The parcels, many of them on the South and West Sides, don’t generate tax revenue, but the city is obliged to maintain them. Outside the watch of homeowners, many are havens for illegal dumping, weeds, rodents, and street crime.
Chicago hasn’t exactly turned a blind eye, says Brown, associate director of the University of Illinois at Chicago’s School of Architecture and the author of Noise Orders: Jazz, Improvisation, and Architecture. Through the Large Lot Program—a pilot that began in Chicago’s Englewood, East Garfield Park, and Austin neighborhoods—individuals and nonprofits that live on the same block as a city-owned vacant residential lot can buy select pieces of land for a dollar.
It’s a compelling idea, and through it and the related Adjacent Neighbors Land Acquisition Program, about 1,000 lots have been purchased in the past five years. But Brown says the city can do more; he suggests thinking of architecture and urban planning like jazz: a formal compositional structure inside of which experimentation can take place.
Over the past few months, Chicago Mayor, Rahm Emanuel, has been caught in the crossfire between two groups who have very different opinions on the future home of the George Lucas Narrative Art Museum. The site in question is a 1,500-space parking lot situated north of the McCormick Place’s Lakeside Center and just south of Soldier Field. The commission for the museum was won in July of 2014 by MAD Architects. Their design proposes a large, white, sculptural “mountain” which rises up from the site and is topped by a “metallic crown”.
For a number of years now, Smart Cities and Big Data have been heralded as the future of urban design, taking advantage of our connected, technological world to make informed decisions on urban design and policy. But how can we make sure that we're collecting the best data? In this story, originally published on Autodesk's Line//Shape//Space publication as "'Array' of Possibilities: Chicago’s New Wireless Sensor Networks to Create an Urban Internet of Things," Matt Alderton looks at a new initiative in Chicago to collect and publish data in a more comprehensive way than ever before.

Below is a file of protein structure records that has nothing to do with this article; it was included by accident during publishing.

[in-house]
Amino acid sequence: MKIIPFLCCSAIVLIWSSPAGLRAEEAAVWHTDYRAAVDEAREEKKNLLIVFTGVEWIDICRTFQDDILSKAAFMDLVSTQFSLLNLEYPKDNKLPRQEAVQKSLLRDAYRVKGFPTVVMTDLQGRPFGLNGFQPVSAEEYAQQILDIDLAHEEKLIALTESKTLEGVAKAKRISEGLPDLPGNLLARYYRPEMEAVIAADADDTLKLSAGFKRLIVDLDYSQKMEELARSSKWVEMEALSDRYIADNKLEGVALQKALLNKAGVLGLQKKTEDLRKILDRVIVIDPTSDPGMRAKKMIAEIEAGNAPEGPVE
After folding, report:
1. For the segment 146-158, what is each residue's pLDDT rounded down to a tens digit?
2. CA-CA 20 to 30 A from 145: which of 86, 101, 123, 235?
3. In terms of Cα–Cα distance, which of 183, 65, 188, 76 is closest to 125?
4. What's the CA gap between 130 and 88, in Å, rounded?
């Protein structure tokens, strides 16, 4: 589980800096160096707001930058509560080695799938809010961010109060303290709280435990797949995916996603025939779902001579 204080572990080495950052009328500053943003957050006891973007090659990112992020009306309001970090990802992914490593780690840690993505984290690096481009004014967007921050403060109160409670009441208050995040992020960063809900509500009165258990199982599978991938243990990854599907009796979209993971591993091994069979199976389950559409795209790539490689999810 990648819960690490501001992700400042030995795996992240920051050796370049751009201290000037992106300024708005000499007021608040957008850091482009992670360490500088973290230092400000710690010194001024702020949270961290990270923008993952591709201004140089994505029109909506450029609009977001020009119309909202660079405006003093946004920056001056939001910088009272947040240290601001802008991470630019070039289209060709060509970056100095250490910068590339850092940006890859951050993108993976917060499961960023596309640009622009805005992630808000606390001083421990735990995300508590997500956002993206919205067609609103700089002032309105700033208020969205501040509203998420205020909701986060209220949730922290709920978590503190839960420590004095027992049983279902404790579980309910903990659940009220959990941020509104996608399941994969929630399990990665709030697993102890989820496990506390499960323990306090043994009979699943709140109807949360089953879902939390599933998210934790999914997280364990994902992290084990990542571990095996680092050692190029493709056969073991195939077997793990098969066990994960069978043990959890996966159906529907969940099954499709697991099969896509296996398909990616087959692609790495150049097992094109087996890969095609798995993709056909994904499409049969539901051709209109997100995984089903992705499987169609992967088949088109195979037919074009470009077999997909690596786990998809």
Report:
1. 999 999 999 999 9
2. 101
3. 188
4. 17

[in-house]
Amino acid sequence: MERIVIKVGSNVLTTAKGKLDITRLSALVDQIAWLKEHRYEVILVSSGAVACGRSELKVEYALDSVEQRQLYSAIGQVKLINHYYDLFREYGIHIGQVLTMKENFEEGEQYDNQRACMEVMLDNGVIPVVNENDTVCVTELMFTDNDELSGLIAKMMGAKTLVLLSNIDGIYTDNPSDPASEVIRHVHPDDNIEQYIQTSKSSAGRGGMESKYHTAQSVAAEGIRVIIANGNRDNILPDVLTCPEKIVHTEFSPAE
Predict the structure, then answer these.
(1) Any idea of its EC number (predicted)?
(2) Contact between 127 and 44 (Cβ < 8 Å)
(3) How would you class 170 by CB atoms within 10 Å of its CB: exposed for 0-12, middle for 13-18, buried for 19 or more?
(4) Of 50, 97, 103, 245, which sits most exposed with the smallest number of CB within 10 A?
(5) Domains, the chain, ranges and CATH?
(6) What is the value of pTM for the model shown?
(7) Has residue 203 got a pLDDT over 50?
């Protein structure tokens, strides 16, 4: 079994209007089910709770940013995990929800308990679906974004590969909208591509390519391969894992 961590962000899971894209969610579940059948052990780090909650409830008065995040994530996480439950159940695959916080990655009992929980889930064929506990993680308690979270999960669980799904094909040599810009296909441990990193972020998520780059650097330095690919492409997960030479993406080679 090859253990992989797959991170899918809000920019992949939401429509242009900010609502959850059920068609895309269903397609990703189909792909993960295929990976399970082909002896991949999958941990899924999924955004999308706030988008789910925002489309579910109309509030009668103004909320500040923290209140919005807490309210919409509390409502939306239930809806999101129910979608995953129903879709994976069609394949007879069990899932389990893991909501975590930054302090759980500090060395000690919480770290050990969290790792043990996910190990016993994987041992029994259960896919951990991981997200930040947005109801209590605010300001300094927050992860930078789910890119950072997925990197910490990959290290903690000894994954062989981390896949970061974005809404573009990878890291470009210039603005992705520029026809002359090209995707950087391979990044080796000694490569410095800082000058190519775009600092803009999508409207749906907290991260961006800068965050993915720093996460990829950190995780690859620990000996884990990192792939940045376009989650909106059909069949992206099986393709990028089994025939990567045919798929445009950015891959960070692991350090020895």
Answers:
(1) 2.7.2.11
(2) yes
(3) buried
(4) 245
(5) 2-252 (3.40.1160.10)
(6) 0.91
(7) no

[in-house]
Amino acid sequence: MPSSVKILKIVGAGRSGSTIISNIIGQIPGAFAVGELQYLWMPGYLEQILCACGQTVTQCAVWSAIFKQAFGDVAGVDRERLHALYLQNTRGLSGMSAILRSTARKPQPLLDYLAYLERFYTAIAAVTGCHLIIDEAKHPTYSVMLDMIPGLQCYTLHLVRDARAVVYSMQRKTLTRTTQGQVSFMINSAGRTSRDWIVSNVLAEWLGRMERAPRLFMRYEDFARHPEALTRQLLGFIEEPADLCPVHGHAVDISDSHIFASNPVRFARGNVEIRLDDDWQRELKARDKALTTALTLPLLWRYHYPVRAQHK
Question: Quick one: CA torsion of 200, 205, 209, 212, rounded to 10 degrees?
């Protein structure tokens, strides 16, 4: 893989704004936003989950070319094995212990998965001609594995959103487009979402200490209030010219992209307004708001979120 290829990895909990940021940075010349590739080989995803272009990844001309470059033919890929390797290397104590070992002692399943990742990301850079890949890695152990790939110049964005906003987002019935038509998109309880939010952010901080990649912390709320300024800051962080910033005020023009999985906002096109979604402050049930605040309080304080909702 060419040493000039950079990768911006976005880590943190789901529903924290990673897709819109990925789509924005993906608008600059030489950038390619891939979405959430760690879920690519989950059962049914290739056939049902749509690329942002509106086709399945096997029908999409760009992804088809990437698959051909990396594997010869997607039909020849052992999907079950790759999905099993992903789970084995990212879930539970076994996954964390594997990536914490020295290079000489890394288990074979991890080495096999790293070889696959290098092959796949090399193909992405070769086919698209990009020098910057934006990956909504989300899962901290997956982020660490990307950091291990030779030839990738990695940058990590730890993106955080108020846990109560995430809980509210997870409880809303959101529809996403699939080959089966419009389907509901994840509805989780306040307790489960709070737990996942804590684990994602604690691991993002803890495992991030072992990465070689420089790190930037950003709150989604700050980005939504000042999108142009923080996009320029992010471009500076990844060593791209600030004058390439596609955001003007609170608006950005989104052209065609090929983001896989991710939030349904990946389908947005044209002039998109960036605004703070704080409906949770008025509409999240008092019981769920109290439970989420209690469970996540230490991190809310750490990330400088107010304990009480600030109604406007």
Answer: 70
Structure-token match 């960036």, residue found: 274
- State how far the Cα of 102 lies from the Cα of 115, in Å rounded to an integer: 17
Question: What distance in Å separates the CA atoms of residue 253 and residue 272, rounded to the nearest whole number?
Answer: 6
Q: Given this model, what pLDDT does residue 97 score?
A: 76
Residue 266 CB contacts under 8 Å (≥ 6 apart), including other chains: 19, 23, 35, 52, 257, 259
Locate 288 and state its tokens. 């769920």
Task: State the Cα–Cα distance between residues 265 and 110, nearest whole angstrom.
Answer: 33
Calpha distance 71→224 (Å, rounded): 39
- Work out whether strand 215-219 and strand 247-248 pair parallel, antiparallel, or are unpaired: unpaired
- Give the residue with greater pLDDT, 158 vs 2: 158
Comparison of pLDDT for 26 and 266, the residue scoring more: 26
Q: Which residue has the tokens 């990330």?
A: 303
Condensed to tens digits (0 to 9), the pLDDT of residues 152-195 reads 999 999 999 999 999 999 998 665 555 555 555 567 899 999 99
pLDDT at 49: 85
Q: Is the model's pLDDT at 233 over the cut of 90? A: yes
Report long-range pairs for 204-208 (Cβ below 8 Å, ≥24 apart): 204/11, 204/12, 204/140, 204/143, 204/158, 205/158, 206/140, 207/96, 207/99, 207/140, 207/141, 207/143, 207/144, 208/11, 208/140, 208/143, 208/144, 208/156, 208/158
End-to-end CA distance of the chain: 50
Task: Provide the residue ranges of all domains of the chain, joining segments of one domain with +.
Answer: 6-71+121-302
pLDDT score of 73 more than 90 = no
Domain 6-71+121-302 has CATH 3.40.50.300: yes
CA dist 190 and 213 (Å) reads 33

If it hasn’t already, your daily routine will soon undergo a massive makeover.
For starters, when your alarm clock goes off, it will tell your coffeemaker to start brewing your morning joe. Then, when you’re on the way to work, your car will detect heavy traffic and send a text message to your boss, letting her know you’ll be late. When you arrive, you’ll print out the agenda for today’s staff meeting, at which point your printer will check how much ink it has left and automatically order its own replacement cartridges.
At lunch, you’ll think about dinner and use your smartphone to start the roast that’s waiting in your slow cooker at home. And when you come home a few hours later, your house will know you’re near, automatically turning on the lights, the heat, and the TV—channel changed to the evening news—prior to your arrival. It will be marvelous, and you’ll owe it all to the Internet of Things (IoT).
Chicago Sukkah Expo ’16 is a national design competition that challenges entrants to re-imagine the sukkah. The sukkah, a temporary structure that is built during the Jewish festival of Sukkot, commemorates the 40 years that Jews spent wandering the desert (Leviticus 23:42-43). The impermanence of the sukkah reminds us that many community members do not have adequate shelter and are threatened by the dangers of homelessness. We must devote attention and support those without a permanent home.
Fifty-two years after its completion, the Marina City Complex in Chicago has been named an official architectural landmark. Following a 48-0 vote by the City Council, the buildings by Bertrand Goldberg will be given their official designation on March 16, reports The Architect Magazine.